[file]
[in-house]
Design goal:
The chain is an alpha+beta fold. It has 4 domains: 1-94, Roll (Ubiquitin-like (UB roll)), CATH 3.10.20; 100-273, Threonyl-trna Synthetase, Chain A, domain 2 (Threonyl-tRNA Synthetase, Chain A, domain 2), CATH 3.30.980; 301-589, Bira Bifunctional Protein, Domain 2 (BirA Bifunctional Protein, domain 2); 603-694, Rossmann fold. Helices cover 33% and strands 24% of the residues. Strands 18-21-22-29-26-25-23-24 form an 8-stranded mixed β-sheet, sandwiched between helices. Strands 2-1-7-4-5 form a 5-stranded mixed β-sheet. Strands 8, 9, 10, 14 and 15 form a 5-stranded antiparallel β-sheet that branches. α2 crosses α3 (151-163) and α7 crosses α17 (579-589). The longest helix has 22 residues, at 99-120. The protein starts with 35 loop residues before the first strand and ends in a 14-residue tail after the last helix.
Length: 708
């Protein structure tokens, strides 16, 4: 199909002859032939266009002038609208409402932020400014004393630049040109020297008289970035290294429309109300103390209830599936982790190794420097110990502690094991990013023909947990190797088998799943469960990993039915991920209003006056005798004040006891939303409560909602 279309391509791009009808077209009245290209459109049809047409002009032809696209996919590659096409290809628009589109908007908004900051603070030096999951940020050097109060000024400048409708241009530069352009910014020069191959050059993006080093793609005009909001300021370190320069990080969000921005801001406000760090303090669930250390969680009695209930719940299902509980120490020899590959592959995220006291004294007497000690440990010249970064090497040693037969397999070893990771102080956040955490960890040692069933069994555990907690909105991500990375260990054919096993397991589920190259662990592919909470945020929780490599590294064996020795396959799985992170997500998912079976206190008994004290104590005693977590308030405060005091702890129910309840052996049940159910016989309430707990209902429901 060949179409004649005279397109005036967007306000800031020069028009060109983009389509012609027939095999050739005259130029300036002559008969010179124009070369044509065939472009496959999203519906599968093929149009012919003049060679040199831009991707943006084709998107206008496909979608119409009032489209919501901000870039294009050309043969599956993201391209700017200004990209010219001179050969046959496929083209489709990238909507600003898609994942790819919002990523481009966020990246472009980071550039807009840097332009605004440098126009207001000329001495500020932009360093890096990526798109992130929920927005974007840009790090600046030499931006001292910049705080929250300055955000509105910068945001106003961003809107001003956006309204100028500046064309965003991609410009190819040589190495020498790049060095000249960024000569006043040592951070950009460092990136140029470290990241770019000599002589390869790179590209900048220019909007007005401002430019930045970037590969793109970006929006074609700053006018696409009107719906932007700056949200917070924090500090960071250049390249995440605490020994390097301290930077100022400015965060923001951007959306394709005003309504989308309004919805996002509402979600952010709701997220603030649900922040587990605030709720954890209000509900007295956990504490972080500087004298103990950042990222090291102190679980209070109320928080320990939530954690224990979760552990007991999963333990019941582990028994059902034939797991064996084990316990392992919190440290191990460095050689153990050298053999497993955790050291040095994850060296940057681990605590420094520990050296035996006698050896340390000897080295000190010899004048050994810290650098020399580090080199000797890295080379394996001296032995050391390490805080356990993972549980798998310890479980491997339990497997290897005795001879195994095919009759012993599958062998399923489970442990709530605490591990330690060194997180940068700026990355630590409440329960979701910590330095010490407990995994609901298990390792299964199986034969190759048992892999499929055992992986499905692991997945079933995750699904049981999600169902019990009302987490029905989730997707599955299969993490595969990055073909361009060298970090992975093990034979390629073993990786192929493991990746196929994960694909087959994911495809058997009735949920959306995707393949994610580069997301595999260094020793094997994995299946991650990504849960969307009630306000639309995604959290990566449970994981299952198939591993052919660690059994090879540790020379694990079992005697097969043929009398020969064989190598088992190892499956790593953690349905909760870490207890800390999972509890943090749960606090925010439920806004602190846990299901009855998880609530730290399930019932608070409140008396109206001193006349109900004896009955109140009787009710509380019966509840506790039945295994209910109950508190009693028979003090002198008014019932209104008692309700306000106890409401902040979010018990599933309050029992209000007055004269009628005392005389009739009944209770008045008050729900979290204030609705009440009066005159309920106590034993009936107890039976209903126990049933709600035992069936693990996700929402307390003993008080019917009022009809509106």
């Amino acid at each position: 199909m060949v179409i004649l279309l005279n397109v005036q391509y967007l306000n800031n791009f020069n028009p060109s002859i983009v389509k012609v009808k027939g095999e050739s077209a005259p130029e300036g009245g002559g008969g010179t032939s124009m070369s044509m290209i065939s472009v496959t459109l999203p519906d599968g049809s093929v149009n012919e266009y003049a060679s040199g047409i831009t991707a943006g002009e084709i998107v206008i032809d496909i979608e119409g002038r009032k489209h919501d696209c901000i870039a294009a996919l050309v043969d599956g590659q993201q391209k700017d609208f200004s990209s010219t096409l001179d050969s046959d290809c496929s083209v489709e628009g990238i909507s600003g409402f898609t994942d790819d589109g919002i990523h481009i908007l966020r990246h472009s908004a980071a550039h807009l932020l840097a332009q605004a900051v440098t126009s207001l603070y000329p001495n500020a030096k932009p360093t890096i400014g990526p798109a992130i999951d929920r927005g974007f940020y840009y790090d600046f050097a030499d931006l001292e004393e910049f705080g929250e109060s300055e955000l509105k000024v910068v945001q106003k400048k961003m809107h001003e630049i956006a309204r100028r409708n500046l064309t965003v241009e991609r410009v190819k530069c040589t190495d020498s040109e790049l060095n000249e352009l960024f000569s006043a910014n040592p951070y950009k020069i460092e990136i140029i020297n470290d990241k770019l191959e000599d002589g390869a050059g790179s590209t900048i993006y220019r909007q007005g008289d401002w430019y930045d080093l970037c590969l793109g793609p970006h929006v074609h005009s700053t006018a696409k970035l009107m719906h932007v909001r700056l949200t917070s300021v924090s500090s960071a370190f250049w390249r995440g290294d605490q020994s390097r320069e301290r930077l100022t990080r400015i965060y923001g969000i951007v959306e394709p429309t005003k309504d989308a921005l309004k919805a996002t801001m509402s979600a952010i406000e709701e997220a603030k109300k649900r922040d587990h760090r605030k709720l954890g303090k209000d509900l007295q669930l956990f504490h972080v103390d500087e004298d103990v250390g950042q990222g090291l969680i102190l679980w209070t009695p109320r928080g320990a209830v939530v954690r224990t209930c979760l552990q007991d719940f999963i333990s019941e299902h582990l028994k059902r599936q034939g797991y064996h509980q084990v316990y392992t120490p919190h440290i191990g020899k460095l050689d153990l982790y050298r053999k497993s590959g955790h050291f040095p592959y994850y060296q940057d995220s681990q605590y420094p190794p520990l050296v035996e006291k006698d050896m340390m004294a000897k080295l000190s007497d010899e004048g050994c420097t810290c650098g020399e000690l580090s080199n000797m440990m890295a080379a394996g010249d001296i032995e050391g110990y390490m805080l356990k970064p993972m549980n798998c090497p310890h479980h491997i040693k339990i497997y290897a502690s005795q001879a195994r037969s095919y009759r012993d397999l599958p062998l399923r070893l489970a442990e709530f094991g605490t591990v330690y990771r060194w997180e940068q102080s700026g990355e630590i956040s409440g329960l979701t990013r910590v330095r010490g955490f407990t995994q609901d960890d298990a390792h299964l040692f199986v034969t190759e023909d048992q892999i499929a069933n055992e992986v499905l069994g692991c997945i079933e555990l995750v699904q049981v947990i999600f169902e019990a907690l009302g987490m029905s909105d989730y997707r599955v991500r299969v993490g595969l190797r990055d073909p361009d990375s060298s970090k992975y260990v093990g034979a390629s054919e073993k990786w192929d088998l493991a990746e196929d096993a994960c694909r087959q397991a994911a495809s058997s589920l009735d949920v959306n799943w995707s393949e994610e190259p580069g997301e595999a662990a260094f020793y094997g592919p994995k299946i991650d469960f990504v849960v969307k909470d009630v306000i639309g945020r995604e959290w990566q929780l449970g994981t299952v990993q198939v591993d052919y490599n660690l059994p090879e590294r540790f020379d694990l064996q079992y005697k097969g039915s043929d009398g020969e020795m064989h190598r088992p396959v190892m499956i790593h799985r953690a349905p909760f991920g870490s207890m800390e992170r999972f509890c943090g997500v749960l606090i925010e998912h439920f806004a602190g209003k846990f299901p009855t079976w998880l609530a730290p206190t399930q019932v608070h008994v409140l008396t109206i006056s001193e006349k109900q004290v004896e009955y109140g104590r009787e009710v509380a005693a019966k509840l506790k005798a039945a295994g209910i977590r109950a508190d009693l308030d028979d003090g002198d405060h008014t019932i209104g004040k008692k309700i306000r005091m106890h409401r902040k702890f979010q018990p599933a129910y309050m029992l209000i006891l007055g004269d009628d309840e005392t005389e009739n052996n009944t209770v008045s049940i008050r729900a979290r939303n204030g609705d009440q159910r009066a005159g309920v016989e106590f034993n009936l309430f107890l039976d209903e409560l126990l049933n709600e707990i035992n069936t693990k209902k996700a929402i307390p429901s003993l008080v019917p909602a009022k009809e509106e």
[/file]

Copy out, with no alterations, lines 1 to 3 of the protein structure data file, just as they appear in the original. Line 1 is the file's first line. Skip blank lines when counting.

[in-house]
Design goal:
The chain is an alpha+beta fold. It has 4 domains: 1-94, Roll (Ubiquitin-like (UB roll)), CATH 3.10.20; 100-273, Threonyl-trna Synthetase, Chain A, domain 2 (Threonyl-tRNA Synthetase, Chain A, domain 2), CATH 3.30.980; 301-589, Bira Bifunctional Protein, Domain 2 (BirA Bifunctional Protein, domain 2); 603-694, Rossmann fold. Helices cover 33% and strands 24% of the residues. Strands 18-21-22-29-26-25-23-24 form an 8-stranded mixed β-sheet, sandwiched between helices. Strands 2-1-7-4-5 form a 5-stranded mixed β-sheet. Strands 8, 9, 10, 14 and 15 form a 5-stranded antiparallel β-sheet that branches. α2 crosses α3 (151-163) and α7 crosses α17 (579-589). The longest helix has 22 residues, at 99-120. The protein starts with 35 loop residues before the first strand and ends in a 14-residue tail after the last helix.